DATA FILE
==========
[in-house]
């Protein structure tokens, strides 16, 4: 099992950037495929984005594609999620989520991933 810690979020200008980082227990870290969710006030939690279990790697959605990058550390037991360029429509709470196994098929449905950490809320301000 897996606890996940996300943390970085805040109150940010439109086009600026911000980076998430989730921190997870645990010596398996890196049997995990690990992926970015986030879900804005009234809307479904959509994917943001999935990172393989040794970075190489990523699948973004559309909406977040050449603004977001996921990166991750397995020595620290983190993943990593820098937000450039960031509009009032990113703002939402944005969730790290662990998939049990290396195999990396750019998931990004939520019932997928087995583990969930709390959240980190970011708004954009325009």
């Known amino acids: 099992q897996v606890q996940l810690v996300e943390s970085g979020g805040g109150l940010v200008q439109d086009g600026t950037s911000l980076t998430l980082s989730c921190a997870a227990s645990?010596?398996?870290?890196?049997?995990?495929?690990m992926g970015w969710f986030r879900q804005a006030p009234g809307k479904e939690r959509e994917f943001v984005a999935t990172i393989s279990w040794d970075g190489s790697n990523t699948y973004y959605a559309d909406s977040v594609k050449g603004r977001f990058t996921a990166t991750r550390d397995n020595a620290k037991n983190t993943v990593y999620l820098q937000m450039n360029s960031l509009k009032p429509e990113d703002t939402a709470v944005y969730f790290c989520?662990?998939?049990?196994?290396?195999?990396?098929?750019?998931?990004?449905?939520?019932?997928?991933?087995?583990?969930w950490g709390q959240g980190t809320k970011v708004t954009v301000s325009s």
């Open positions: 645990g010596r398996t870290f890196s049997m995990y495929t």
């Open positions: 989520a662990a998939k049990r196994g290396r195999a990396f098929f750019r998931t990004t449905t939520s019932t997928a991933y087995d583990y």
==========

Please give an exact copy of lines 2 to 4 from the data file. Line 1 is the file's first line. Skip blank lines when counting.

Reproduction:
């Protein structure tokens, strides 16, 4: 099992950037495929984005594609999620989520991933 810690979020200008980082227990870290969710006030939690279990790697959605990058550390037991360029429509709470196994098929449905950490809320301000 897996606890996940996300943390970085805040109150940010439109086009600026911000980076998430989730921190997870645990010596398996890196049997995990690990992926970015986030879900804005009234809307479904959509994917943001999935990172393989040794970075190489990523699948973004559309909406977040050449603004977001996921990166991750397995020595620290983190993943990593820098937000450039960031509009009032990113703002939402944005969730790290662990998939049990290396195999990396750019998931990004939520019932997928087995583990969930709390959240980190970011708004954009325009």
């Known amino acids: 099992q897996v606890q996940l810690v996300e943390s970085g979020g805040g109150l940010v200008q439109d086009g600026t950037s911000l980076t998430l980082s989730c921190a997870a227990s645990?010596?398996?870290?890196?049997?995990?495929?690990m992926g970015w969710f986030r879900q804005a006030p009234g809307k479904e939690r959509e994917f943001v984005a999935t990172i393989s279990w040794d970075g190489s790697n990523t699948y973004y959605a559309d909406s977040v594609k050449g603004r977001f990058t996921a990166t991750r550390d397995n020595a620290k037991n983190t993943v990593y999620l820098q937000m450039n360029s960031l509009k009032p429509e990113d703002t939402a709470v944005y969730f790290c989520?662990?998939?049990?196994?290396?195999?990396?098929?750019?998931?990004?449905?939520?019932?997928?991933?087995?583990?969930w950490g709390q959240g980190t809320k970011v708004t954009v301000s325009s």
């Open positions: 645990g010596r398996t870290f890196s049997m995990y495929t």